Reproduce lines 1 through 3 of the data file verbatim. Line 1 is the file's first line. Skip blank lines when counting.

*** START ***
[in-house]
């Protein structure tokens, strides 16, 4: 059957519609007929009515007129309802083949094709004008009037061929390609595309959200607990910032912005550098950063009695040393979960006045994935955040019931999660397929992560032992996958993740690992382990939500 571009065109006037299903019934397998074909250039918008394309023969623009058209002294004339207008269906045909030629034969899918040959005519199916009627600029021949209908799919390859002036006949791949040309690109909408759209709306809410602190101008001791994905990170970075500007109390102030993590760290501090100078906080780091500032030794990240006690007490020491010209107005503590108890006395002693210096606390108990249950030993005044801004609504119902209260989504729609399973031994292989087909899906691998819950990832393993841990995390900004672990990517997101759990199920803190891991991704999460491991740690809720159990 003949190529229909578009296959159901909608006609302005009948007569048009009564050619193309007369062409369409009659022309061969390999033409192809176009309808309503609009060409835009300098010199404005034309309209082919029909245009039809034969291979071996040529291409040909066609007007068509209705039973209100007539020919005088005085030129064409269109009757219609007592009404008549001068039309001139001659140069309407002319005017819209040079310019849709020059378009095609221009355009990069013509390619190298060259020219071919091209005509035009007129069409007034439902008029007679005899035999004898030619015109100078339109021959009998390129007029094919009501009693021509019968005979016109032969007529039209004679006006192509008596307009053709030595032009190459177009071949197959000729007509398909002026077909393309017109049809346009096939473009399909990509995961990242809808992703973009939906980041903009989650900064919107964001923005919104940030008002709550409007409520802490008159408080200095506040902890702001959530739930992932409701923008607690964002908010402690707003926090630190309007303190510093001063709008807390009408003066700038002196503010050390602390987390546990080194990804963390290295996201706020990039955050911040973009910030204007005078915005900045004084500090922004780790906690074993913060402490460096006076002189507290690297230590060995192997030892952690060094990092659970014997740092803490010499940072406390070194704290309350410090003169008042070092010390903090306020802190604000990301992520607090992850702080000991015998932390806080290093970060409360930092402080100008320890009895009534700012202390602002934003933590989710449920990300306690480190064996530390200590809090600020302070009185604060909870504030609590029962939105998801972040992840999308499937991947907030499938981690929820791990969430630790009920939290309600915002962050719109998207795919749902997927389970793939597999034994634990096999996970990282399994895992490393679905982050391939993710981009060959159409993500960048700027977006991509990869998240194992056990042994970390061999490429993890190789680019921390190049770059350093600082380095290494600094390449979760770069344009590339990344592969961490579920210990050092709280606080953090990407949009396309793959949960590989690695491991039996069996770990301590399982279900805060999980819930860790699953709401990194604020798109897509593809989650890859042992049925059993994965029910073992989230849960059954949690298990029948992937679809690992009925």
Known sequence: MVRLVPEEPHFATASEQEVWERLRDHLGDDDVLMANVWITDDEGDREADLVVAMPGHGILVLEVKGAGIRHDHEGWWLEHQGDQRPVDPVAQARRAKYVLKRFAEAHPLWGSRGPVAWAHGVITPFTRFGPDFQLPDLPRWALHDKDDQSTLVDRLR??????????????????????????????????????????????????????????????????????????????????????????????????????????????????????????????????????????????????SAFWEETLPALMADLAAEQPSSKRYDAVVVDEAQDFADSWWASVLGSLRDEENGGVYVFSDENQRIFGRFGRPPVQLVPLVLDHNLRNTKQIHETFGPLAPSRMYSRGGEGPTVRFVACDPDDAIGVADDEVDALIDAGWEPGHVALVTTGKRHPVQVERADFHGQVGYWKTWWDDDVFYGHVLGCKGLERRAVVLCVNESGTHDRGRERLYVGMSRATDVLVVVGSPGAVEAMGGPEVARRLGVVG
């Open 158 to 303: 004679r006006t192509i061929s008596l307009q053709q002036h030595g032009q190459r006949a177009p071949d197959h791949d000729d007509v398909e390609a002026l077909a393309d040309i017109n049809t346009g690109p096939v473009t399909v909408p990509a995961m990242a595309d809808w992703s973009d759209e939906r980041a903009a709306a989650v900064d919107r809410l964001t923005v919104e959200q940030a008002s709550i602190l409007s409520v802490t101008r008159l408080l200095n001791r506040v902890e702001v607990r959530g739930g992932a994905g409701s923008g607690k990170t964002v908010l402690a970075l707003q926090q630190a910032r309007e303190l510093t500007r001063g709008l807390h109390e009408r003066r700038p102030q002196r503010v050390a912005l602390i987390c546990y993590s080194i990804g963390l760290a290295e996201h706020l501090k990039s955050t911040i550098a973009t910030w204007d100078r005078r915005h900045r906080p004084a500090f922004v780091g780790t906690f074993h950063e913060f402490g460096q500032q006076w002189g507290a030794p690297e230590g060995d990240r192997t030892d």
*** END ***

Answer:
[in-house]
């Protein structure tokens, strides 16, 4: 059957519609007929009515007129309802083949094709004008009037061929390609595309959200607990910032912005550098950063009695040393979960006045994935955040019931999660397929992560032992996958993740690992382990939500 571009065109006037299903019934397998074909250039918008394309023969623009058209002294004339207008269906045909030629034969899918040959005519199916009627600029021949209908799919390859002036006949791949040309690109909408759209709306809410602190101008001791994905990170970075500007109390102030993590760290501090100078906080780091500032030794990240006690007490020491010209107005503590108890006395002693210096606390108990249950030993005044801004609504119902209260989504729609399973031994292989087909899906691998819950990832393993841990995390900004672990990517997101759990199920803190891991991704999460491991740690809720159990 003949190529229909578009296959159901909608006609302005009948007569048009009564050619193309007369062409369409009659022309061969390999033409192809176009309808309503609009060409835009300098010199404005034309309209082919029909245009039809034969291979071996040529291409040909066609007007068509209705039973209100007539020919005088005085030129064409269109009757219609007592009404008549001068039309001139001659140069309407002319005017819209040079310019849709020059378009095609221009355009990069013509390619190298060259020219071919091209005509035009007129069409007034439902008029007679005899035999004898030619015109100078339109021959009998390129007029094919009501009693021509019968005979016109032969007529039209004679006006192509008596307009053709030595032009190459177009071949197959000729007509398909002026077909393309017109049809346009096939473009399909990509995961990242809808992703973009939906980041903009989650900064919107964001923005919104940030008002709550409007409520802490008159408080200095506040902890702001959530739930992932409701923008607690964002908010402690707003926090630190309007303190510093001063709008807390009408003066700038002196503010050390602390987390546990080194990804963390290295996201706020990039955050911040973009910030204007005078915005900045004084500090922004780790906690074993913060402490460096006076002189507290690297230590060995192997030892952690060094990092659970014997740092803490010499940072406390070194704290309350410090003169008042070092010390903090306020802190604000990301992520607090992850702080000991015998932390806080290093970060409360930092402080100008320890009895009534700012202390602002934003933590989710449920990300306690480190064996530390200590809090600020302070009185604060909870504030609590029962939105998801972040992840999308499937991947907030499938981690929820791990969430630790009920939290309600915002962050719109998207795919749902997927389970793939597999034994634990096999996970990282399994895992490393679905982050391939993710981009060959159409993500960048700027977006991509990869998240194992056990042994970390061999490429993890190789680019921390190049770059350093600082380095290494600094390449979760770069344009590339990344592969961490579920210990050092709280606080953090990407949009396309793959949960590989690695491991039996069996770990301590399982279900805060999980819930860790699953709401990194604020798109897509593809989650890859042992049925059993994965029910073992989230849960059954949690298990029948992937679809690992009925």
Known sequence: MVRLVPEEPHFATASEQEVWERLRDHLGDDDVLMANVWITDDEGDREADLVVAMPGHGILVLEVKGAGIRHDHEGWWLEHQGDQRPVDPVAQARRAKYVLKRFAEAHPLWGSRGPVAWAHGVITPFTRFGPDFQLPDLPRWALHDKDDQSTLVDRLR??????????????????????????????????????????????????????????????????????????????????????????????????????????????????????????????????????????????????SAFWEETLPALMADLAAEQPSSKRYDAVVVDEAQDFADSWWASVLGSLRDEENGGVYVFSDENQRIFGRFGRPPVQLVPLVLDHNLRNTKQIHETFGPLAPSRMYSRGGEGPTVRFVACDPDDAIGVADDEVDALIDAGWEPGHVALVTTGKRHPVQVERADFHGQVGYWKTWWDDDVFYGHVLGCKGLERRAVVLCVNESGTHDRGRERLYVGMSRATDVLVVVGSPGAVEAMGGPEVARRLGVVG